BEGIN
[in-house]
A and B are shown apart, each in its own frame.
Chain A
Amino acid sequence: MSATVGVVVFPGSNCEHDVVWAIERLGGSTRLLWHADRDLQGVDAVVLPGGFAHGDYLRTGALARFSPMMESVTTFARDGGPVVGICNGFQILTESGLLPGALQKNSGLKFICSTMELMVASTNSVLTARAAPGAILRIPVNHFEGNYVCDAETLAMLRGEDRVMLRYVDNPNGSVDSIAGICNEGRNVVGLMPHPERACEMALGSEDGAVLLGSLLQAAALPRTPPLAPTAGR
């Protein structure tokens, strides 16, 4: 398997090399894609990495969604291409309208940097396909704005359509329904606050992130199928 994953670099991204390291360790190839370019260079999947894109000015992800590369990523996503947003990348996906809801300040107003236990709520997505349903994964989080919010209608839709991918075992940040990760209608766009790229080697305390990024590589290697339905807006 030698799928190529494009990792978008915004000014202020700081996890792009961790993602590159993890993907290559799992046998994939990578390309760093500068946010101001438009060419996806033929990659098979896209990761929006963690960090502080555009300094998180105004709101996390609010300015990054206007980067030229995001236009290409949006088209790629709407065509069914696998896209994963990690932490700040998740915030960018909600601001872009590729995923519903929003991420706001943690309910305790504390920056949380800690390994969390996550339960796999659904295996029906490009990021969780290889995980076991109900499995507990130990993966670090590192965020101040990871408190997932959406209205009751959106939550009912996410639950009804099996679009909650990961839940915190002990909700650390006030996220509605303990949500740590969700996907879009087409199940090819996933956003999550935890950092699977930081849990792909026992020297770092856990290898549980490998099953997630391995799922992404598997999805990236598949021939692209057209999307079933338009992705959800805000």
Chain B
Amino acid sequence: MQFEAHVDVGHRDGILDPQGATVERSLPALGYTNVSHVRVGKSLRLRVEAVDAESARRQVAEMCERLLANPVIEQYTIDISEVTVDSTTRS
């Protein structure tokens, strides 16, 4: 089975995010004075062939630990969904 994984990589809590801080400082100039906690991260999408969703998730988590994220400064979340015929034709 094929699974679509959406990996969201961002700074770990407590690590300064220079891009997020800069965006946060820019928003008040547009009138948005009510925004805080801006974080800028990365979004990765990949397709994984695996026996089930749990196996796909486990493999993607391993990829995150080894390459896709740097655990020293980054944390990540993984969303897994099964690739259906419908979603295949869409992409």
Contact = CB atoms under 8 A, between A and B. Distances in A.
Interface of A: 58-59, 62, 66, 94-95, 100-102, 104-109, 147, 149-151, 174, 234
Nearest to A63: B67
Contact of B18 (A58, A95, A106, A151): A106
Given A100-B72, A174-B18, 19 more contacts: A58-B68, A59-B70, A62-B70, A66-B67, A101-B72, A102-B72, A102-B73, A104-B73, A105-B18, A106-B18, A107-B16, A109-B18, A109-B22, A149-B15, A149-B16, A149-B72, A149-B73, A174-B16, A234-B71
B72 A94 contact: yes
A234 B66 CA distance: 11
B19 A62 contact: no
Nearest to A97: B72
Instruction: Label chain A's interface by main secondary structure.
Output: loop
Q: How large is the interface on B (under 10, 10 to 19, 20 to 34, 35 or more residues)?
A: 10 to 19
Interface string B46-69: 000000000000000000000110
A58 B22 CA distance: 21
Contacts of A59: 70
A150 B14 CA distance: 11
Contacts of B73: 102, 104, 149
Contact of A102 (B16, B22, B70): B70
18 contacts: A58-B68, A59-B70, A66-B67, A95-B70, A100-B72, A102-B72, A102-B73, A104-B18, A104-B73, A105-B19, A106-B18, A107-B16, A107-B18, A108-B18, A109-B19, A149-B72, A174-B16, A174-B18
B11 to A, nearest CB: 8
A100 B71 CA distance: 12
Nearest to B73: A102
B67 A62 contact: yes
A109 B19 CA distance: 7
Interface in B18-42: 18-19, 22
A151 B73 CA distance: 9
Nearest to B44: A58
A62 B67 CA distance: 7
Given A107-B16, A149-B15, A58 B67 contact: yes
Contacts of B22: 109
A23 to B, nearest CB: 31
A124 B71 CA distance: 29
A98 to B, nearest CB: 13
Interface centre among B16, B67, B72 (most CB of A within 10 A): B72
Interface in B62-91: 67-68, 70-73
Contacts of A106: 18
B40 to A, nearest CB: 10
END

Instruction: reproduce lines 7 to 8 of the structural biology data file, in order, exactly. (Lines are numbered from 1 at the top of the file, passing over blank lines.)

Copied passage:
Amino acid sequence: MQFEAHVDVGHRDGILDPQGATVERSLPALGYTNVSHVRVGKSLRLRVEAVDAESARRQVAEMCERLLANPVIEQYTIDISEVTVDSTTRS
């Protein structure tokens, strides 16, 4: 089975995010004075062939630990969904 994984990589809590801080400082100039906690991260999408969703998730988590994220400064979340015929034709 094929699974679509959406990996969201961002700074770990407590690590300064220079891009997020800069965006946060820019928003008040547009009138948005009510925004805080801006974080800028990365979004990765990949397709994984695996026996089930749990196996796909486990493999993607391993990829995150080894390459896709740097655990020293980054944390990540993984969303897994099964690739259906419908979603295949869409992409």